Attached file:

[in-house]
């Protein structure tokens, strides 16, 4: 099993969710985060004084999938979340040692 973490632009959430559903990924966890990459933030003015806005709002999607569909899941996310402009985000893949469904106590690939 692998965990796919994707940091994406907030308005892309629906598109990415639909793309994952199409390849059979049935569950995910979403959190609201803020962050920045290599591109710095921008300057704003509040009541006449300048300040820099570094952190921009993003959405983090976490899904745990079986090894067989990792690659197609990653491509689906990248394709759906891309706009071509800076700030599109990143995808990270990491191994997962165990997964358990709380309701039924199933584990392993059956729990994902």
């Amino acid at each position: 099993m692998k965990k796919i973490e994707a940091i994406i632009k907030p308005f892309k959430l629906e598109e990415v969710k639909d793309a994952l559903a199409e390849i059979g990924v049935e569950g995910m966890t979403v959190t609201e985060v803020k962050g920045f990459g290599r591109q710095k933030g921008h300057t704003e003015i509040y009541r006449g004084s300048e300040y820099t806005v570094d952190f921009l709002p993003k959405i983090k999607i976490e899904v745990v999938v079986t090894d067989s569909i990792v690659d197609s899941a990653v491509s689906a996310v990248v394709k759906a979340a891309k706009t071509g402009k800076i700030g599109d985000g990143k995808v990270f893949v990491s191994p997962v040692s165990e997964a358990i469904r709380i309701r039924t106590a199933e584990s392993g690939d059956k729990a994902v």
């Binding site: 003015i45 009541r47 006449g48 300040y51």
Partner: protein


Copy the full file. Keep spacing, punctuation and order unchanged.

[in-house]
């Protein structure tokens, strides 16, 4: 099993969710985060004084999938979340040692 973490632009959430559903990924966890990459933030003015806005709002999607569909899941996310402009985000893949469904106590690939 692998965990796919994707940091994406907030308005892309629906598109990415639909793309994952199409390849059979049935569950995910979403959190609201803020962050920045290599591109710095921008300057704003509040009541006449300048300040820099570094952190921009993003959405983090976490899904745990079986090894067989990792690659197609990653491509689906990248394709759906891309706009071509800076700030599109990143995808990270990491191994997962165990997964358990709380309701039924199933584990392993059956729990994902």
């Amino acid at each position: 099993m692998k965990k796919i973490e994707a940091i994406i632009k907030p308005f892309k959430l629906e598109e990415v969710k639909d793309a994952l559903a199409e390849i059979g990924v049935e569950g995910m966890t979403v959190t609201e985060v803020k962050g920045f990459g290599r591109q710095k933030g921008h300057t704003e003015i509040y009541r006449g004084s300048e300040y820099t806005v570094d952190f921009l709002p993003k959405i983090k999607i976490e899904v745990v999938v079986t090894d067989s569909i990792v690659d197609s899941a990653v491509s689906a996310v990248v394709k759906a979340a891309k706009t071509g402009k800076i700030g599109d985000g990143k995808v990270f893949v990491s191994p997962v040692s165990e997964a358990i469904r709380i309701r039924t106590a199933e584990s392993g690939d059956k729990a994902v």
């Binding site: 003015i45 009541r47 006449g48 300040y51």
Partner: protein